- borrowers that can certify that they have documented in good faith that their reduction in business activity during the covered period stems directly or indirectly from compliance with such COVID Requirements or Guidance are exempt from any reduction in their forgiveness amount stemming from a reduction in FTE employees during the covered period. Such documentation must include copies of applicable COVID Requirements or Guidance for each business location and relevant borrower financial records.
- If you reduce the salaries/wages to employees making less than $100k annually by more than 25% during the 24 week period.
- The forgivable amount is reduced dollar for dollar for any wage reduction greater than 25%. The reduction for hourly wages is based on an hourly basis not on total wages paid, so as long as you maintain the same hourly wage rate then you shouldn’t have any reduction for that employee.
- The reduction in loan forgiveness for reducing your employee’s wages beyond 25% will not apply if you reduced the wages between February 15, 2020 and April 26, 2020 (30 days after the enactment of the CARES act), then eliminated the reduction in wages at any point before December 31, 2020.
The average # of FTEs during the 24-week period and the other relevant time periods is calculated by dividing the total number of hours worked by each employee per week, by 40 hours. The max number per employee is 1.0 per week. Alternatively, you can use a simplified method which considers any employee with 40+ hours as 1 FTE, and any employee with less than 40 hours as .50 FTE.
The amount of loan forgiveness for owner employees, self-employed individuals, and managing partners is limited to the lesser of
- (1) $20,833 ($100k annualized over 2.5 months) during the 24-week period or;
- (2) 2.5/12 x 2019 compensation.
If you choose to use 8 weeks as your covered period, then this amount is limited to the lesser of
- (1) $15,385 ($100k annualized over 8 weeks) or;
- (2) 8/52 x 2019 compensation.
It has been clarified that the cap for Schedule C filers is based on their 2019 net profit. If your 2019 Schedule C was showing a loss then the amounts you pay yourself are not eligible for forgiveness. General partners or managing partners are capped by the amount of their 2019 net earnings from self-employment (reduced by claimed section 179 expense deduction, unreimbursed partnership expenses, and depletion from oil and gas properties) multiplied by 0.9235. No additional forgiveness is provided for retirement or health insurance contributions for owner employees, self-employed individuals, and managing partners.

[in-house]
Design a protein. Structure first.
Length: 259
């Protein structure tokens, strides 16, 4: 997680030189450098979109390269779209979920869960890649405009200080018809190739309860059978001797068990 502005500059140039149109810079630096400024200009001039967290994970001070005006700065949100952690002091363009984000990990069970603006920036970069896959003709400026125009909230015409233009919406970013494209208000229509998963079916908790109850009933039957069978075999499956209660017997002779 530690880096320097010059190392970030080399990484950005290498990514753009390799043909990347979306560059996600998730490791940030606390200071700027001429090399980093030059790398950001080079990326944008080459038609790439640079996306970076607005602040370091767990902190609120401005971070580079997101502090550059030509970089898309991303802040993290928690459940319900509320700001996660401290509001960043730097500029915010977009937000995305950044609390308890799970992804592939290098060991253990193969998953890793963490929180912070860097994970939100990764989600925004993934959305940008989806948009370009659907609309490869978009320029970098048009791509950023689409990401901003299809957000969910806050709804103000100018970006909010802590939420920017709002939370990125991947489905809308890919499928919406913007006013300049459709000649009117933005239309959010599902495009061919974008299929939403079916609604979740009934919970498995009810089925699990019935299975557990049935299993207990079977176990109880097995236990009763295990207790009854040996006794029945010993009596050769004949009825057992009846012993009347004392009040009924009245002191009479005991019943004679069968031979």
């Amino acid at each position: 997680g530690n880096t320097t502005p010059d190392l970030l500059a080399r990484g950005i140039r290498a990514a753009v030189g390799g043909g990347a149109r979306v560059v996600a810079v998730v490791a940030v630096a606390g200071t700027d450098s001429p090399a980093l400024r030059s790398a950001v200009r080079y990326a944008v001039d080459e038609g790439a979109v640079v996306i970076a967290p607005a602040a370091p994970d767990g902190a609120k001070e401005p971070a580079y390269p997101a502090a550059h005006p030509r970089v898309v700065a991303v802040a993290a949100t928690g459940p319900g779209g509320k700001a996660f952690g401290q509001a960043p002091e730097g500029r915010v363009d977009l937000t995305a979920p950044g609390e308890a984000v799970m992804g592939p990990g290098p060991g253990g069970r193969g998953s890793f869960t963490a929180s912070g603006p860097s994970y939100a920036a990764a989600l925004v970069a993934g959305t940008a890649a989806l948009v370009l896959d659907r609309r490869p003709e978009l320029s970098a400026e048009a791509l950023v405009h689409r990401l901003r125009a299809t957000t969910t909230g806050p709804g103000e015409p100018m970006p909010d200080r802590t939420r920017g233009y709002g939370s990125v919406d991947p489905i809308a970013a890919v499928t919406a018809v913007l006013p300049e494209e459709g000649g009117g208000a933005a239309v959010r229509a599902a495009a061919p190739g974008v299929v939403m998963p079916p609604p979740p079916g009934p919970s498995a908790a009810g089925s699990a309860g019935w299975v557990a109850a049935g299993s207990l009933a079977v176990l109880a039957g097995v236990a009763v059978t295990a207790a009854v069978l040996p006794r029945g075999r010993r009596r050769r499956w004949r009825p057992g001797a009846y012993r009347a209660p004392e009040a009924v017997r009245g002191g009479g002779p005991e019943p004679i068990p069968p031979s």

Proceeds from any advance up to $10,000 on the EIDL loan will be deducted from the loan forgiveness amount on the PPP loan.
If you laid off or furloughed your staff, there’s nothing in the bill that states you’re required to rehire the same workforce or for the same purpose. You can hire employees who would be more suited for your current operations. For example, if you need delivery drivers instead of bartenders, then you could either hire delivery drivers or repurpose your bartenders as delivery drivers in order to meet forgiveness requirements.
Applying for Forgiveness
To qualify for forgiveness, the borrower must complete and submit the Loan Forgiveness Application (SBA Form 3508, 3508EZ, or lender equivalent) to its lender any time on or before the maturity date of the loan if the borrower has used all of the loan proceeds for which they’re requesting forgiveness. If the borrower does not apply for loan forgiveness within 10 months after the last day of the covered period, or if SBA determines that the loan is not eligible for forgiveness (in whole or in part), the PPP loan is no longer deferred and the borrower must begin paying principal and interest. If this occurs, the lender must notify the borrower of the date the first payment is due.
The lender has 60 days after the application has been submitted to issue a decision and request for pay off of the debt to the SBA. SBA will, subject to any SBA review of the loan or loan application, remit the appropriate forgiveness amount to the lender, plus any interest accrued through the date of payment, not later than 90 days after the lender issues its decision to SBA. If the forgiveness is denied, the lender will notify the borrower.
The loan forgiveness will trigger extinguishment of debt income, which will not be subject to income tax. The expenses attributable to the forgiveness amount will be deemed nondeductible so taxpayers are not receiving a double benefit.
The following documents need to be submitted to substantiate the request for loan forgiveness:
- Documentation verifying the number of FTEs on payroll and pay rates for the following periods:
- 8 week period after loan was disbursed
- 2/15/2019 – 6/30/2019
- 1/1/2020 – 2/29/2020
- 2/15/2019 – 6/30/2019 (for a seasonal employer)
- 2/15/2020 through 4/26/2020
- Quarterly Form 941 and state unemployment reports or payroll processing records will satisfy these requirements
- Evidence of any retirement and/or health insurance contributions such as cleared checks, payment confirmations, or bills for the 8-week period.
- Evidence of business rent, business mortgage interest payments on real or personal property, or utility payments for the 8-week period.
This post be updated with new developments. We suggest following our blog for daily updates on taxes and relief available for small businesses and nonprofits. We hope that this information has been helpful, please don’t hesitate to contact us if you have questions or need guidance.
Raffi Yousefian is a licensed CPA who advises small to enterprise level businesses on accounting and tax issues in his role as Managing Principal at RY CPAs.